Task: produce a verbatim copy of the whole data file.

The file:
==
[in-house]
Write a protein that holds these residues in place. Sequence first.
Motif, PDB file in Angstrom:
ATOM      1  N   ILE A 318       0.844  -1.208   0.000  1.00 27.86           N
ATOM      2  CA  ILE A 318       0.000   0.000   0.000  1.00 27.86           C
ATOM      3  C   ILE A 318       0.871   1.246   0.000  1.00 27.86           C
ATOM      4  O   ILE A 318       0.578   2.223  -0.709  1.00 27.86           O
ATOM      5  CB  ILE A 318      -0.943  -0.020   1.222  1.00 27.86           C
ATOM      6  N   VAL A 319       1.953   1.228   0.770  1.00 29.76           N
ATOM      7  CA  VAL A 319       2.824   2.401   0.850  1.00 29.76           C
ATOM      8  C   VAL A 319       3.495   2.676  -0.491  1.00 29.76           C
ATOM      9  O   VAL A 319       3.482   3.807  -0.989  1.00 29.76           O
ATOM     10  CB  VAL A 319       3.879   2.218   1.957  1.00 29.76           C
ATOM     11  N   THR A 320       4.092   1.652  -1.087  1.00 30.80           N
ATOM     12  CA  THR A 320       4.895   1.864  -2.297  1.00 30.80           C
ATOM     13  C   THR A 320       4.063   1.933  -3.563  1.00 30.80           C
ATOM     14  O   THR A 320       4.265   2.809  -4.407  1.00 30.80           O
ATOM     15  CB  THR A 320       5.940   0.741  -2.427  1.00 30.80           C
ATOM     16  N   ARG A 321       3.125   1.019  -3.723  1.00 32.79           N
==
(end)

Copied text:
[in-house]
Write a protein that holds these residues in place. Sequence first.
Motif, PDB file in Angstrom:
ATOM      1  N   ILE A 318       0.844  -1.208   0.000  1.00 27.86           N
ATOM      2  CA  ILE A 318       0.000   0.000   0.000  1.00 27.86           C
ATOM      3  C   ILE A 318       0.871   1.246   0.000  1.00 27.86           C
ATOM      4  O   ILE A 318       0.578   2.223  -0.709  1.00 27.86           O
ATOM      5  CB  ILE A 318      -0.943  -0.020   1.222  1.00 27.86           C
ATOM      6  N   VAL A 319       1.953   1.228   0.770  1.00 29.76           N
ATOM      7  CA  VAL A 319       2.824   2.401   0.850  1.00 29.76           C
ATOM      8  C   VAL A 319       3.495   2.676  -0.491  1.00 29.76           C
ATOM      9  O   VAL A 319       3.482   3.807  -0.989  1.00 29.76           O
ATOM     10  CB  VAL A 319       3.879   2.218   1.957  1.00 29.76           C
ATOM     11  N   THR A 320       4.092   1.652  -1.087  1.00 30.80           N
ATOM     12  CA  THR A 320       4.895   1.864  -2.297  1.00 30.80           C
ATOM     13  C   THR A 320       4.063   1.933  -3.563  1.00 30.80           C
ATOM     14  O   THR A 320       4.265   2.809  -4.407  1.00 30.80           O
ATOM     15  CB  THR A 320       5.940   0.741  -2.427  1.00 30.80           C
ATOM     16  N   ARG A 321       3.125   1.019  -3.723  1.00 32.79           N